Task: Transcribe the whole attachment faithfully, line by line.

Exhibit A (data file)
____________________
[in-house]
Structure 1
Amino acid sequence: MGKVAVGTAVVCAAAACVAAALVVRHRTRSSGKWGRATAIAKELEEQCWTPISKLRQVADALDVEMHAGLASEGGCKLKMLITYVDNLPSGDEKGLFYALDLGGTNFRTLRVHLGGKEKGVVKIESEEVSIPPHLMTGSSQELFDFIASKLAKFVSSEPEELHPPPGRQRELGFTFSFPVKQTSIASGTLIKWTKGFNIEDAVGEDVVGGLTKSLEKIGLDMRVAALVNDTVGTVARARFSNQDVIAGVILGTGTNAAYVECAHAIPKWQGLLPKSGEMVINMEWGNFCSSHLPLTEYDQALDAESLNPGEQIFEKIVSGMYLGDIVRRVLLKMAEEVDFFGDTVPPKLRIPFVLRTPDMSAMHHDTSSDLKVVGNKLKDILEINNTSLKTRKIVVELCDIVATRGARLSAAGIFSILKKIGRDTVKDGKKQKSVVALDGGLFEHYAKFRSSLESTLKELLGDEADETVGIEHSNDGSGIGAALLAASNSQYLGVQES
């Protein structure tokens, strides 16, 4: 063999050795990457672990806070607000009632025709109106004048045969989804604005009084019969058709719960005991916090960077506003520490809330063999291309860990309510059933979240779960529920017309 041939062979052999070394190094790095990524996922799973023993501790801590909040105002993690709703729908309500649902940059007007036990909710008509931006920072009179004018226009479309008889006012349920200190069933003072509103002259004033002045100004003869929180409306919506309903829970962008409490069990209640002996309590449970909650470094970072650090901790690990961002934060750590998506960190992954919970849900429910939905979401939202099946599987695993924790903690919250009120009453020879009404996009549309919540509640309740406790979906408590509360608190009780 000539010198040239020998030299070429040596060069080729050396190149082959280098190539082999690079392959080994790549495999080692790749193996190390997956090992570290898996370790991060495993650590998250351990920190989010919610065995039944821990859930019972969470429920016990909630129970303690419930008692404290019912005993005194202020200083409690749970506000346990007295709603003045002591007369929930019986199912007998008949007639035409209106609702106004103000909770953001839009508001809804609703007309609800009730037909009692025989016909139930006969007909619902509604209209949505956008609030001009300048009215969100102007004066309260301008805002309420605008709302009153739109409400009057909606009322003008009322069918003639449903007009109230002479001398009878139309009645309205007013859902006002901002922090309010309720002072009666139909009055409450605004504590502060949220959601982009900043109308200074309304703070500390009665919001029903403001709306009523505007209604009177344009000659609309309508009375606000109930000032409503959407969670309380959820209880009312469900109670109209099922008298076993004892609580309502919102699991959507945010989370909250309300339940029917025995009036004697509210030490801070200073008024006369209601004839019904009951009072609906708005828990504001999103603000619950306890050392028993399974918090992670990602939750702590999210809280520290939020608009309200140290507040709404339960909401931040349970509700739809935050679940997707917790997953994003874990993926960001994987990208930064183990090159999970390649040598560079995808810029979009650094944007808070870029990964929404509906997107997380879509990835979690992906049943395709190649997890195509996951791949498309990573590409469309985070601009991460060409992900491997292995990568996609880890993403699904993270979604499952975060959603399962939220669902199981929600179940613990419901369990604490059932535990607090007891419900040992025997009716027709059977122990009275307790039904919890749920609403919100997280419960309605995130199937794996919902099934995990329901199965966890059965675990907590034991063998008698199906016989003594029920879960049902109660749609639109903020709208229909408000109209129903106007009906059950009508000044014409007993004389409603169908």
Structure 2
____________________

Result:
[in-house]
Structure 1
Amino acid sequence: MGKVAVGTAVVCAAAACVAAALVVRHRTRSSGKWGRATAIAKELEEQCWTPISKLRQVADALDVEMHAGLASEGGCKLKMLITYVDNLPSGDEKGLFYALDLGGTNFRTLRVHLGGKEKGVVKIESEEVSIPPHLMTGSSQELFDFIASKLAKFVSSEPEELHPPPGRQRELGFTFSFPVKQTSIASGTLIKWTKGFNIEDAVGEDVVGGLTKSLEKIGLDMRVAALVNDTVGTVARARFSNQDVIAGVILGTGTNAAYVECAHAIPKWQGLLPKSGEMVINMEWGNFCSSHLPLTEYDQALDAESLNPGEQIFEKIVSGMYLGDIVRRVLLKMAEEVDFFGDTVPPKLRIPFVLRTPDMSAMHHDTSSDLKVVGNKLKDILEINNTSLKTRKIVVELCDIVATRGARLSAAGIFSILKKIGRDTVKDGKKQKSVVALDGGLFEHYAKFRSSLESTLKELLGDEADETVGIEHSNDGSGIGAALLAASNSQYLGVQES
């Protein structure tokens, strides 16, 4: 063999050795990457672990806070607000009632025709109106004048045969989804604005009084019969058709719960005991916090960077506003520490809330063999291309860990309510059933979240779960529920017309 041939062979052999070394190094790095990524996922799973023993501790801590909040105002993690709703729908309500649902940059007007036990909710008509931006920072009179004018226009479309008889006012349920200190069933003072509103002259004033002045100004003869929180409306919506309903829970962008409490069990209640002996309590449970909650470094970072650090901790690990961002934060750590998506960190992954919970849900429910939905979401939202099946599987695993924790903690919250009120009453020879009404996009549309919540509640309740406790979906408590509360608190009780 000539010198040239020998030299070429040596060069080729050396190149082959280098190539082999690079392959080994790549495999080692790749193996190390997956090992570290898996370790991060495993650590998250351990920190989010919610065995039944821990859930019972969470429920016990909630129970303690419930008692404290019912005993005194202020200083409690749970506000346990007295709603003045002591007369929930019986199912007998008949007639035409209106609702106004103000909770953001839009508001809804609703007309609800009730037909009692025989016909139930006969007909619902509604209209949505956008609030001009300048009215969100102007004066309260301008805002309420605008709302009153739109409400009057909606009322003008009322069918003639449903007009109230002479001398009878139309009645309205007013859902006002901002922090309010309720002072009666139909009055409450605004504590502060949220959601982009900043109308200074309304703070500390009665919001029903403001709306009523505007209604009177344009000659609309309508009375606000109930000032409503959407969670309380959820209880009312469900109670109209099922008298076993004892609580309502919102699991959507945010989370909250309300339940029917025995009036004697509210030490801070200073008024006369209601004839019904009951009072609906708005828990504001999103603000619950306890050392028993399974918090992670990602939750702590999210809280520290939020608009309200140290507040709404339960909401931040349970509700739809935050679940997707917790997953994003874990993926960001994987990208930064183990090159999970390649040598560079995808810029979009650094944007808070870029990964929404509906997107997380879509990835979690992906049943395709190649997890195509996951791949498309990573590409469309985070601009991460060409992900491997292995990568996609880890993403699904993270979604499952975060959603399962939220669902199981929600179940613990419901369990604490059932535990607090007891419900040992025997009716027709059977122990009275307790039904919890749920609403919100997280419960309605995130199937794996919902099934995990329901199965966890059965675990907590034991063998008698199906016989003594029920879960049902109660749609639109903020709208229909408000109209129903106007009906059950009508000044014409007993004389409603169908």
Structure 2